We are aware every day that life is incredibly fragile and because of that, incredibly important. My husband and I appreciate every milestone, hiccup, tree climbing, potty training day. We know that CF becomes worse with age and Froggy may not have all the time in the world. So, we are vigilant in her healthcare, we go for hikes in the mountains, and swim in the ocean, we swing and slide at the park and sing and dance and make every moment worth it. And with the support from you and the CF Foundation we will add more sand to her hourglass, and hopefully one day there will be no time limit on Froggy's dreams.


I don't think there is anything more stressful and heartbreaking than being in the middle of a crisis and having no control over the outcome. It's like watching a tornado overhead, and hoping that when it touches down there is something left of the house.

I want something I can't have. But today after a moment of clarity and sadness I realized that like most things, it's not up to me.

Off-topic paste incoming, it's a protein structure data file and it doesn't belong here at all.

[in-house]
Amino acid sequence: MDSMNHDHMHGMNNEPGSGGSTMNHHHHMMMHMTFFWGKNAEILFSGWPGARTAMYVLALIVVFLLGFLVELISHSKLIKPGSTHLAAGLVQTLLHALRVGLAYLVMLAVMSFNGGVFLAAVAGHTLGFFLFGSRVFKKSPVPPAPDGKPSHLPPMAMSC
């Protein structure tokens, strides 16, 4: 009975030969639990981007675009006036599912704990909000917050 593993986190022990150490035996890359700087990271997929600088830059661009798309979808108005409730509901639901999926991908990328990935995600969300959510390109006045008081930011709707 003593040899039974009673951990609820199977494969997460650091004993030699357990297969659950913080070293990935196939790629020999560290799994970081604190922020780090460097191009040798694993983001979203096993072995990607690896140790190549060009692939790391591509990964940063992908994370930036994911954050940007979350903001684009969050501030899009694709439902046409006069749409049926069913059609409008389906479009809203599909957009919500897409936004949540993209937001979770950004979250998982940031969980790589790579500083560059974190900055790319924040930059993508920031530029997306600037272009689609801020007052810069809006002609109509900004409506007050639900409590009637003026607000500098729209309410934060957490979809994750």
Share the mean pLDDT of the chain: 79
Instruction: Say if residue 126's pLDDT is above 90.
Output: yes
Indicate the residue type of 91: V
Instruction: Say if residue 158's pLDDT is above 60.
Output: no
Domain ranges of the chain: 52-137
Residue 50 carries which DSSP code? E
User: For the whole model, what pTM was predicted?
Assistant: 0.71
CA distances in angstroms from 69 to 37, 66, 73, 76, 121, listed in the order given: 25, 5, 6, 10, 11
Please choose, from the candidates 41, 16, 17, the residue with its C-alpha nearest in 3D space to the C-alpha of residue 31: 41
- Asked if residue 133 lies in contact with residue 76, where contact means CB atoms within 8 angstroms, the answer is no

In my life, my career, my marriage, my child, no amount of hard work or dedication can fix what's broken. I can't convince the tornado to turn around and choose another house. Somethings just are. And as tao or accepting as that sounds. It just really sucks.

Friday, July 25, 2008

Brew Haw Haw – Benefiting the Cystic Fibrosis Foundation
August 2, 2008
1pm – 5pm

Tickets: $50 per person
Entry: Tickets will not be available at the event and must be purchased in advance. Reservations will be held at the door. Please RSVP to ensure entry to the festival. Reserve tickets online.

Location: The Autry National Center:
Address: 4700 Western Heritage Way Los Angeles, CA 90027